Wat Ratchaburana · Wat Nang Phaya
Borommaracha III · Naresuan

Modern Siam / Thailand

19th Century · 20th Century · Recent Events

Khmer Empire

During the 11th century, the city of Phitsanulok was only a small Khmer outpost called Song Khwae, meaning two rivers.[2] At that time, the Nan and Khwae Noi Rivers both flowed through the city, making it a strategic gateway to northern Thailand. The Thais were the majority in the area, however, and would soon establish their independence and form the Kingdom of Sukhothai.

Sukhothai period

Ayutthaya period

King Naresuan

19th century

King Mongkut ordered the restoration of Wat Ratchaburana.

20th century

  • The Phitsanulok fire of 1955 destroyed much of the older portion of the city, which at the time consisted mostly of wooden buildings.
  • On Nov 28, 1961, the King Naresuan Shrine was completed at Chandra Palace.
  • On January 25, 1967, the Phitsanulok campus of what is now Naresuan University was established as the northern branch of the degree level College of Education. In 1974, the College of Education was upgraded as Srinakharinwirot University, with Phitsanulok as one of the six campuses. In 1990, the regional campuses became independent universities, and the Phitsanuloke campus was named for Phitsanulok-born King Naresuan the Great.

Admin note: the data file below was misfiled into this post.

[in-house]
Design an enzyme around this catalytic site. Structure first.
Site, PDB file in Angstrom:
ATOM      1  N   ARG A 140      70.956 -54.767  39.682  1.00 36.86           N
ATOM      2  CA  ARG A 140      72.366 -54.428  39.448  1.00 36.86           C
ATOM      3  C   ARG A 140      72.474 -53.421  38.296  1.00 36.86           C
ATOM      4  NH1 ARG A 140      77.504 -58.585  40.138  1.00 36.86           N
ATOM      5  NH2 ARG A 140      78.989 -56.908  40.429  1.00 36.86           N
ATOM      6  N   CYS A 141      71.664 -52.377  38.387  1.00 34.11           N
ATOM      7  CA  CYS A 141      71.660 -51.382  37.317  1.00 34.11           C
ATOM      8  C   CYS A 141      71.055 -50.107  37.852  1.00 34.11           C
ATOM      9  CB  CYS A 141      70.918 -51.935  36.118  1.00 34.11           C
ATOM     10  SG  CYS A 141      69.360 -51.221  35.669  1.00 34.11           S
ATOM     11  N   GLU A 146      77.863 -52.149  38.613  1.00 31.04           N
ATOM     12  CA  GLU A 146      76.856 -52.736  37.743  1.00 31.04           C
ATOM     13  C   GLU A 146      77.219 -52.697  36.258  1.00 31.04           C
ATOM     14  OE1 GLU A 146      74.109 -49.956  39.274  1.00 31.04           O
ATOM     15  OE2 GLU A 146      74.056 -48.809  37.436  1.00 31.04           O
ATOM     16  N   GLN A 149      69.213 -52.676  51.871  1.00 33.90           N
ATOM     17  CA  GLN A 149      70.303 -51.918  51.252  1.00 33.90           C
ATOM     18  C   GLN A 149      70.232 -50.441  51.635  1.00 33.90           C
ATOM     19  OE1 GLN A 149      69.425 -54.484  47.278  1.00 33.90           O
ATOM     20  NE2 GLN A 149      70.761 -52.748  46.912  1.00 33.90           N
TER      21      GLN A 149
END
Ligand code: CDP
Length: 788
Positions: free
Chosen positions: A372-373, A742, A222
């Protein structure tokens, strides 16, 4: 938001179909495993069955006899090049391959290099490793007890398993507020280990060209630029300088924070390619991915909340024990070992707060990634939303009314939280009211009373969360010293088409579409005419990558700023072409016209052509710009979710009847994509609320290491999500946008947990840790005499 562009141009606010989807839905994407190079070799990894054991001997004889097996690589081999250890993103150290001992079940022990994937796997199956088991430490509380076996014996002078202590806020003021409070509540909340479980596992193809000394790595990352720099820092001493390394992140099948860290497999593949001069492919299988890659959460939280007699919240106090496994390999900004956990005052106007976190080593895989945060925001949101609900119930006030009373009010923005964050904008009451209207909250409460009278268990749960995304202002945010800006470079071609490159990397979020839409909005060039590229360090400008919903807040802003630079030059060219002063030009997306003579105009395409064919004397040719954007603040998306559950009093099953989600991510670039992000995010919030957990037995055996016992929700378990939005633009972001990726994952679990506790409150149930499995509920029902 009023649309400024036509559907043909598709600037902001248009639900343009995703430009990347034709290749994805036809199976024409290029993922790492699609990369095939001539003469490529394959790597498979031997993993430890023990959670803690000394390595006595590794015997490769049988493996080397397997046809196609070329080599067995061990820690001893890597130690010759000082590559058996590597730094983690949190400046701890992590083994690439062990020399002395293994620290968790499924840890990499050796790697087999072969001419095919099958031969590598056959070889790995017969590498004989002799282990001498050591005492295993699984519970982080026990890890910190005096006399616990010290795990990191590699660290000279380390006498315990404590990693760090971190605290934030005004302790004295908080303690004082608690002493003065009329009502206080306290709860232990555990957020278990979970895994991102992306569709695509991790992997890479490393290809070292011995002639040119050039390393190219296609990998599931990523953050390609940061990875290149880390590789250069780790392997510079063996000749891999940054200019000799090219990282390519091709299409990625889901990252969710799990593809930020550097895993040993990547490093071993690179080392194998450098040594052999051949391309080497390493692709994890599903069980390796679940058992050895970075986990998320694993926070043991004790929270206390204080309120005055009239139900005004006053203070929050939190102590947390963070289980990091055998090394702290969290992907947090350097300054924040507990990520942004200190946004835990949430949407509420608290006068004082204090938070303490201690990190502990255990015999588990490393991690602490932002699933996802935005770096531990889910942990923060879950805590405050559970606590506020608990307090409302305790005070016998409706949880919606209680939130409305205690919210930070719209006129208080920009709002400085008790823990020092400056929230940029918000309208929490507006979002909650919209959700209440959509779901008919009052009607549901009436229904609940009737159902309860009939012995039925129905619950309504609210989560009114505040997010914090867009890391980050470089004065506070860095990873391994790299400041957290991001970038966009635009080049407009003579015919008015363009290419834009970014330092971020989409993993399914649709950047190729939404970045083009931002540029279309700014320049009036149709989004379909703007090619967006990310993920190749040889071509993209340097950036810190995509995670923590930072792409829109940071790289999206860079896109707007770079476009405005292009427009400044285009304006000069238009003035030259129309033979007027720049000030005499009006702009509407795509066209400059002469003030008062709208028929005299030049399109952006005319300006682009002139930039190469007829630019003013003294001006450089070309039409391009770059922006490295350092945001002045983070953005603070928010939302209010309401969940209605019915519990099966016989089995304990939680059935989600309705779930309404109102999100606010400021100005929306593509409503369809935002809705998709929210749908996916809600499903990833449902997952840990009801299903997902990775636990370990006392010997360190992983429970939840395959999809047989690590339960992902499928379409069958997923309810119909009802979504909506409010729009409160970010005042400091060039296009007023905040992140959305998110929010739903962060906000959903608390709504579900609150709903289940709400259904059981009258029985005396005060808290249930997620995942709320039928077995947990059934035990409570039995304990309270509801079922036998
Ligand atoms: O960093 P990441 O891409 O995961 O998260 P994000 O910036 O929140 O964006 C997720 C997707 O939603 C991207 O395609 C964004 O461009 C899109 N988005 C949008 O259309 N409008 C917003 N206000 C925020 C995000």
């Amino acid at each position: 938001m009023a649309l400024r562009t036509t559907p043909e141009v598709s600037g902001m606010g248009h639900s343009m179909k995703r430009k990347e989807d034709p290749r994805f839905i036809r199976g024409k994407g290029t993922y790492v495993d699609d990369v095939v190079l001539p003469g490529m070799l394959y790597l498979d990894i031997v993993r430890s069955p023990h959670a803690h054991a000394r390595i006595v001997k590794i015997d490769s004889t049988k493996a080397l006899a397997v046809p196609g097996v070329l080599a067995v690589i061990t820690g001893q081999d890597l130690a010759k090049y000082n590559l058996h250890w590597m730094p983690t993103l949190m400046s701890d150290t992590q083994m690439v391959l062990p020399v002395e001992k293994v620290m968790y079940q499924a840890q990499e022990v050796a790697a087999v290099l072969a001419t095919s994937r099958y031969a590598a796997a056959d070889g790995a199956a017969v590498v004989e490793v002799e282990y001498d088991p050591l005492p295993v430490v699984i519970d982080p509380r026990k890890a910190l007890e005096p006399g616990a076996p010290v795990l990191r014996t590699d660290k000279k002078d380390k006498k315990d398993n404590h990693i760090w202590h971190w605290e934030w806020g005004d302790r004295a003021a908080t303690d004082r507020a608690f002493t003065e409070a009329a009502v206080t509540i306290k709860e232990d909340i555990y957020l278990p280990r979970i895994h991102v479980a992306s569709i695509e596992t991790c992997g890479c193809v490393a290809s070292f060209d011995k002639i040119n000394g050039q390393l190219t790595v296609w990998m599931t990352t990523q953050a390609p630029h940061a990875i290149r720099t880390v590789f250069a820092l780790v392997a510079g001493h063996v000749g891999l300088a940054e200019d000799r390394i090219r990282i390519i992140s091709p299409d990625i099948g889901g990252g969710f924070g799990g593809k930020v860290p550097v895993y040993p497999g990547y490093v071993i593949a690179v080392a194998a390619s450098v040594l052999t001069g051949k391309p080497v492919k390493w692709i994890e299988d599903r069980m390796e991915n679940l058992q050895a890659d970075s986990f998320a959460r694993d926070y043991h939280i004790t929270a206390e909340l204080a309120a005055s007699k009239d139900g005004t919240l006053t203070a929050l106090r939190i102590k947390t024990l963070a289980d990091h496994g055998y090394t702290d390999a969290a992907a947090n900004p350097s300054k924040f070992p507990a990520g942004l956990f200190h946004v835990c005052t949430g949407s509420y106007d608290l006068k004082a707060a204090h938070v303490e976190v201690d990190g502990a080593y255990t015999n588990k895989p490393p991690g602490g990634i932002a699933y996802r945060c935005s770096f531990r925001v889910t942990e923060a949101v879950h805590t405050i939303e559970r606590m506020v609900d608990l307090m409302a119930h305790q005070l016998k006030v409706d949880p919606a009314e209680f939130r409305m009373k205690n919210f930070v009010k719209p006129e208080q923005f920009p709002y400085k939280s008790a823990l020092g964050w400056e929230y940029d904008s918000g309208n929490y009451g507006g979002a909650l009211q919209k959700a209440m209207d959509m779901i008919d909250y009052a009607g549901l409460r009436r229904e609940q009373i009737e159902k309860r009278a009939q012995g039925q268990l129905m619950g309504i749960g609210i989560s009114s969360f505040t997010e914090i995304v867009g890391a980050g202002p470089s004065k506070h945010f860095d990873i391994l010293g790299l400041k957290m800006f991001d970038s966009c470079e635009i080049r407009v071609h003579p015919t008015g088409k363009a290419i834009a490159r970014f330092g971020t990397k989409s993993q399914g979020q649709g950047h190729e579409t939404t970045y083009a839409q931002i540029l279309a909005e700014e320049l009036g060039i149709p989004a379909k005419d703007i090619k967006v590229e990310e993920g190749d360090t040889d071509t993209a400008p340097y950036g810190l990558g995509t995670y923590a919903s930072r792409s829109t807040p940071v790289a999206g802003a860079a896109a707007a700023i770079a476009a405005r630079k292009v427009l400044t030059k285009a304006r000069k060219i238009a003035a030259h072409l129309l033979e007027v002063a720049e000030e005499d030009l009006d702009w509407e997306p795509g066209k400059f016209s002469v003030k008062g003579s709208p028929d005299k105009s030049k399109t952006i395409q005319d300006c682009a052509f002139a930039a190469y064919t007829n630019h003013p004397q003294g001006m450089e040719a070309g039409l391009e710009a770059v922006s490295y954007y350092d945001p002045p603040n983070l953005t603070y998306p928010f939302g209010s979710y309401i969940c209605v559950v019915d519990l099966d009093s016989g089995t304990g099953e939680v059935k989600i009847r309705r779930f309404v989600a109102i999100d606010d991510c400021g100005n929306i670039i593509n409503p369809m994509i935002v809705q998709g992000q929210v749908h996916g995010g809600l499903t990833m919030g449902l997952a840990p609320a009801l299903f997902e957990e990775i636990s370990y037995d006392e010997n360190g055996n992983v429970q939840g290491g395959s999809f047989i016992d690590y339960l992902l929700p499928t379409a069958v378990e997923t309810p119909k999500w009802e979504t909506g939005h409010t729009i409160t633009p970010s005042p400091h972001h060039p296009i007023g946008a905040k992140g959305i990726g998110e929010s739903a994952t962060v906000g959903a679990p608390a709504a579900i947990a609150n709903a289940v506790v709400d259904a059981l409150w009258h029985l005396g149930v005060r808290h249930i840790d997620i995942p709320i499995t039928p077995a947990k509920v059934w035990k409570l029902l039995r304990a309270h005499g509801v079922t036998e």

• Naresuan Dam was constructed from 1976 to 1985 on the Nan River as part of the Phitsanulok Irrigation Project.[5] The dam was designed to help prevent flooding of the city.

Recent events


The chief executive of the city is the mayor. During election campaigns, candidates use signs, vehicles with loud speakers, and political parades to obtain votes.

Royal Thai Army

Phitsanulok is home to the Third Army Region of the Royal Thai Army, responsible for the northern and northwestern parts of the kingdom..


The main channels for communication in the city are television and radio. The following public television and radio stations[7] are broadcast from Phitsanulok:

  • Sathaanii Witthayu Krajaisiang Thahaan Aakaat (Air Force Radio Station), 954 AM and 95.75, in the City of Phitsanulok
  • Witthayu Kong Phon Thahaan Raap Thii Sii (4th Infantry Division), 1377 AM, at Fort Somdet Phra Naresuan Maharat
  • Sathaanii Witthayu Phitaksantiraat (Communications Division, Royal Thai Police), 1422 AM, in Phitsanulok City